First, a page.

The Things Worth Keeping

We keep true friends forever. But things? Belongings, especially in American homes, have a tendency to pile up over time – as a result of countless holiday and birthday gifts and untold shopping sprees — and turn to clutter, which must, ultimately, be dealt with. As we get older, I think, it’s a good idea to lighten our lives and our loads, and let go of unwanted, unneeded things.

This process of unloading, or downsizing, has become particularly popular in recent years as elders’ consciousness has been raised to the need to spare others the job after we’re gone.

Late last year, in fact, a quirky little book on this subject became a surprise international best seller. Titled The Gentle Art of Swedish Death Cleaning, it’s about how to sort through and dispose of many of our possessions before we die, thus sparing our family members an unpleasant task.

Author Margareta Magnusson advises, “Don’t wait too long to begin.” She thinks sixty-five is an appropriate age to start slowly downsizing, giving things away to friends and family members and charities.

Of course, if you, like me and more and more other Americans who’ve decided to retire to Mexico (or another country), for economic, climatic, political, or other reasons, you’ve likely been forced to downsize out of sheer practicality. It’s simply not possible to take all your stuff with you. And who wants to? We’re starting a new chapter, in a new place, with a new lease on life. Why clutter it up?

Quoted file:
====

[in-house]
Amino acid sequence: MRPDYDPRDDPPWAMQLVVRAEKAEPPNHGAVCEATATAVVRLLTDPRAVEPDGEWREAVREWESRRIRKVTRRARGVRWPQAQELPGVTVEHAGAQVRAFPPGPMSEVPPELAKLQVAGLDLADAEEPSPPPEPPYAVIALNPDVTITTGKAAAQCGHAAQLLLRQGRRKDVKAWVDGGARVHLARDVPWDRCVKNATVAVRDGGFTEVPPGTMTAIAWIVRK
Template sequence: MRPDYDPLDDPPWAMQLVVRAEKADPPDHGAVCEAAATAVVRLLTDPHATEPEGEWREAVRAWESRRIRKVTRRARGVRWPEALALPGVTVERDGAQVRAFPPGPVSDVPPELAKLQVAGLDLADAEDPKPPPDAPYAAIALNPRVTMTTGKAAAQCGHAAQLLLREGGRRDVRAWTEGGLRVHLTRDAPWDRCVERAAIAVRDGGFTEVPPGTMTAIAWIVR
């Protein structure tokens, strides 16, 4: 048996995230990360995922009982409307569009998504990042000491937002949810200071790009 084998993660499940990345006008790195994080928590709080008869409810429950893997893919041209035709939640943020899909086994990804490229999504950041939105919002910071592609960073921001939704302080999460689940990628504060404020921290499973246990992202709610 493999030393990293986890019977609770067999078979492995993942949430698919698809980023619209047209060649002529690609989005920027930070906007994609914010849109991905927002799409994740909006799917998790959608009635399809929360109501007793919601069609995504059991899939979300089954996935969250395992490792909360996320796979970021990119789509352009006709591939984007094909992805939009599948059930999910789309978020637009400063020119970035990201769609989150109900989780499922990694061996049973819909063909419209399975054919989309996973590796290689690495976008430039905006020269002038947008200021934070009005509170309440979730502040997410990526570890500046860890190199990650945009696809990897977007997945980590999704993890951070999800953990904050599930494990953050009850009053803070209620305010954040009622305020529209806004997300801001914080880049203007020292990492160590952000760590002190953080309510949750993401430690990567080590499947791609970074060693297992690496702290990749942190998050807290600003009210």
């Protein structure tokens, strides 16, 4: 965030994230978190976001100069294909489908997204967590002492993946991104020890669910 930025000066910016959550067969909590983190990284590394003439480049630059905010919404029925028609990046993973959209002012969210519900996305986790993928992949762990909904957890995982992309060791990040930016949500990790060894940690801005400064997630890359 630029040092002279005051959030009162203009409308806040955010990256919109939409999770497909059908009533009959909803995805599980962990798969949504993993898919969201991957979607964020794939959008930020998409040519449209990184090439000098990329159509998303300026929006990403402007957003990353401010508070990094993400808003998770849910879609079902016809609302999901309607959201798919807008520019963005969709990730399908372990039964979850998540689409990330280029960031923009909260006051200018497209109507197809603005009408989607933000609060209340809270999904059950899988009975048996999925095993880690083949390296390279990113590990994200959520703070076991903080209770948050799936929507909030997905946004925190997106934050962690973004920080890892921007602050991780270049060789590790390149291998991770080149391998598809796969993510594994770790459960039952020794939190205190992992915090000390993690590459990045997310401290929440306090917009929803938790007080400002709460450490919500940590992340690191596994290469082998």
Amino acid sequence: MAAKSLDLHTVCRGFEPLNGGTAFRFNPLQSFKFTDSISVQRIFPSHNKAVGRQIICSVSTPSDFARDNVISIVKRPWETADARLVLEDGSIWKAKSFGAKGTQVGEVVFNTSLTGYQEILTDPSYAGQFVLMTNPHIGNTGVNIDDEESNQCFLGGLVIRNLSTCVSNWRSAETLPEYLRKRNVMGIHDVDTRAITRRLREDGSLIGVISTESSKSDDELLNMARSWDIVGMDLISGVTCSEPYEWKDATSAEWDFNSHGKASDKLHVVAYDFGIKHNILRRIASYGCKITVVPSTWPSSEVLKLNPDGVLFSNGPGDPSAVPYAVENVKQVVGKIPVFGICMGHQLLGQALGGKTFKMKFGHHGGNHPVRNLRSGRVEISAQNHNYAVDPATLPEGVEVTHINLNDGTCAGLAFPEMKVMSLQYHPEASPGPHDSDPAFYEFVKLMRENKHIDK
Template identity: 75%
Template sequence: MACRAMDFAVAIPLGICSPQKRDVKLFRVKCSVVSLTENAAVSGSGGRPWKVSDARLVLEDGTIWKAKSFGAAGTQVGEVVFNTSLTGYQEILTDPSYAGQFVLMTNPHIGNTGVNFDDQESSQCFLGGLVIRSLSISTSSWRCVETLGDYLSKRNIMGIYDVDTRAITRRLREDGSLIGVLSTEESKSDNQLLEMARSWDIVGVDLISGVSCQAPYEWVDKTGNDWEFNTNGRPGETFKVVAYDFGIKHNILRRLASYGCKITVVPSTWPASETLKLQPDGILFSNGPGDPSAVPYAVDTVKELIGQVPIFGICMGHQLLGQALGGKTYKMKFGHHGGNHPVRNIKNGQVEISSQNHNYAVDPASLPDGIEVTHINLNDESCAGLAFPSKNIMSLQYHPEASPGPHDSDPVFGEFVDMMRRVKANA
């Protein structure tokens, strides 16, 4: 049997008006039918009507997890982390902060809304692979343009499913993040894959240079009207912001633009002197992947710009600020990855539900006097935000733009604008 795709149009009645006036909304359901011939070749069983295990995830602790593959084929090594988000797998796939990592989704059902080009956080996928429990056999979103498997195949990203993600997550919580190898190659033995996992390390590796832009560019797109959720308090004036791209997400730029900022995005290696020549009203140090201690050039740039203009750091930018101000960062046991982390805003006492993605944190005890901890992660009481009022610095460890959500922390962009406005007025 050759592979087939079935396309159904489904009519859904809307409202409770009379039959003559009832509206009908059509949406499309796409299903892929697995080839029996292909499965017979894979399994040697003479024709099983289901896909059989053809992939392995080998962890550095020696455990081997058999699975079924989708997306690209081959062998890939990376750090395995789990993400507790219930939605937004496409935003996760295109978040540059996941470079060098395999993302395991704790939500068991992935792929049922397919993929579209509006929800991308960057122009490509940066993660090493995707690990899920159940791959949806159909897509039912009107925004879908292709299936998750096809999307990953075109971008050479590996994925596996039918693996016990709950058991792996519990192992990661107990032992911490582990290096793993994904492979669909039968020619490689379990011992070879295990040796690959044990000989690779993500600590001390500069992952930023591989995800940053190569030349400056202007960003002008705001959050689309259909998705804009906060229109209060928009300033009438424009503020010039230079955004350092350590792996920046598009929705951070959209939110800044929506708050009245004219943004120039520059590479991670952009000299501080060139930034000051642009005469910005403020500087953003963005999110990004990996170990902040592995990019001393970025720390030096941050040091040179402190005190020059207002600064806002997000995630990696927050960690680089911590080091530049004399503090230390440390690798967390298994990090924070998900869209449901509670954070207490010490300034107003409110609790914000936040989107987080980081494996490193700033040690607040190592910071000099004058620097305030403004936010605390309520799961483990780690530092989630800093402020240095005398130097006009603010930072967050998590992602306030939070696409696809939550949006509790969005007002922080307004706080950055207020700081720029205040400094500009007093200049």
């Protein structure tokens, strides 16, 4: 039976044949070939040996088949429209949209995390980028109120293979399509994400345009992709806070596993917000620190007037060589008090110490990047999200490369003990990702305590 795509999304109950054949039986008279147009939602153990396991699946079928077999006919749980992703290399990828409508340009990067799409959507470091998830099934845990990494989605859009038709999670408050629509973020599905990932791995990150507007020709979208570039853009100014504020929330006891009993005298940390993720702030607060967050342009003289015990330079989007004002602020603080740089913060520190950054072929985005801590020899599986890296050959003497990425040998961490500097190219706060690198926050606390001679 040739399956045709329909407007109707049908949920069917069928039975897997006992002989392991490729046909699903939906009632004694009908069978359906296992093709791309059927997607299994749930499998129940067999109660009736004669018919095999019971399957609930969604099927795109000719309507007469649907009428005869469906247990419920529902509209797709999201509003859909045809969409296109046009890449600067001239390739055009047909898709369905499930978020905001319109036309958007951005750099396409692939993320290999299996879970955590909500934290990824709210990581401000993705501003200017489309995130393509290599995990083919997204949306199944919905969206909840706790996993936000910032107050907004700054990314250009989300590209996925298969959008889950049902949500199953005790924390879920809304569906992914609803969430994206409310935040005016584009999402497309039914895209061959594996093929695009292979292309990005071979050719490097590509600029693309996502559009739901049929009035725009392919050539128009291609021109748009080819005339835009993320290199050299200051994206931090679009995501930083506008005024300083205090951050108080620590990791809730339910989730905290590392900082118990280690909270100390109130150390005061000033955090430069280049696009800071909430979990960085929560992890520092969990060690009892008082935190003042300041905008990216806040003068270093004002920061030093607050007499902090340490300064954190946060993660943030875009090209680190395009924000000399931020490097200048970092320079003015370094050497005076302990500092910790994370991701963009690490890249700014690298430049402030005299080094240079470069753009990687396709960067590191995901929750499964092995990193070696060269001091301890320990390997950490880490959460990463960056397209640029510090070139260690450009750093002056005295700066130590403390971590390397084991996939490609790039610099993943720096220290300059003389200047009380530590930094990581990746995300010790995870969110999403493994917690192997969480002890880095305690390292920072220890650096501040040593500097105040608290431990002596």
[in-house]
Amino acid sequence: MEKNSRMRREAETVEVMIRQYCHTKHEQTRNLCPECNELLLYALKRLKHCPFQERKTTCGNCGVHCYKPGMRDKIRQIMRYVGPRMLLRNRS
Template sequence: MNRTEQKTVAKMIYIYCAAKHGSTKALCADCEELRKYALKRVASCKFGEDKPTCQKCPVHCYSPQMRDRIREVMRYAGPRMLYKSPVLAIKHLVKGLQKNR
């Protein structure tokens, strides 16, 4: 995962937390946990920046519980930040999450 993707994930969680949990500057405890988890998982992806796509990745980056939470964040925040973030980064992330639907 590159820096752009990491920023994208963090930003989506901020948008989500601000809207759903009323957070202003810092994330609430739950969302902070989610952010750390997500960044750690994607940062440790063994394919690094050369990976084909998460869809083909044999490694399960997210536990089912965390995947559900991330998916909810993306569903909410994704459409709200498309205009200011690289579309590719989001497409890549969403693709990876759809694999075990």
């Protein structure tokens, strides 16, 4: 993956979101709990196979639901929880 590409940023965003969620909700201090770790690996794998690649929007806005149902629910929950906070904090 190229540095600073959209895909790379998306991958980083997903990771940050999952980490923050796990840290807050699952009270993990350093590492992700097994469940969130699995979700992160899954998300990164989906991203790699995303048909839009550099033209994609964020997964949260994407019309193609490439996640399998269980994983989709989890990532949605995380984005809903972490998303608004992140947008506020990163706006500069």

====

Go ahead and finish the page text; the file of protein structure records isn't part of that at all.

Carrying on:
Three years ago this month I wrote a WOW post titled “The Things I’m Packing,” which was a takeoff on the title of Tim O’Brien’s 1990 short story collection, The Things They Carried. “What it’s coming down to for me now,” I wrote in that post, “as I face the unknowns involved in packing to move to Mexico, is this: triage. Dividing my belongings … into three categories – those that remain in my Taos condo, which I hope to soon rent, those that I give away or throw away, and those that I’ll pack to take with me. I’m still in the process of deciding what I can finally let go of, and what I must carry.”

“This,” I continued, “is a process countless Americans in my age group are going through right now, and I’m sure we’re all finding it both difficult and liberating. We’re downsizing our lives and possessions to fit our new, post-retirement status. We’re closing big old doors and walking, by faith, toward smaller new ones, whether those new doors are in a new county or a new country….” [For the full post, please scroll down to the “Search the Archives” box on the lower right and type in the title.]

Now, three years later, I can give a final report. On my recent trip to Taos, last month, I dealt with my remaining belongings there using a similar triage method – this time, mostly: gifts to friends, donations to charity, or dumps in the nearest dumpster. Also, I’d brought an extra suitcase with me from Mexico, trusting that the things I’d feel worth keeping and bringing back with me would fit into that.

Among the things that did come back with me in that suitcase were these: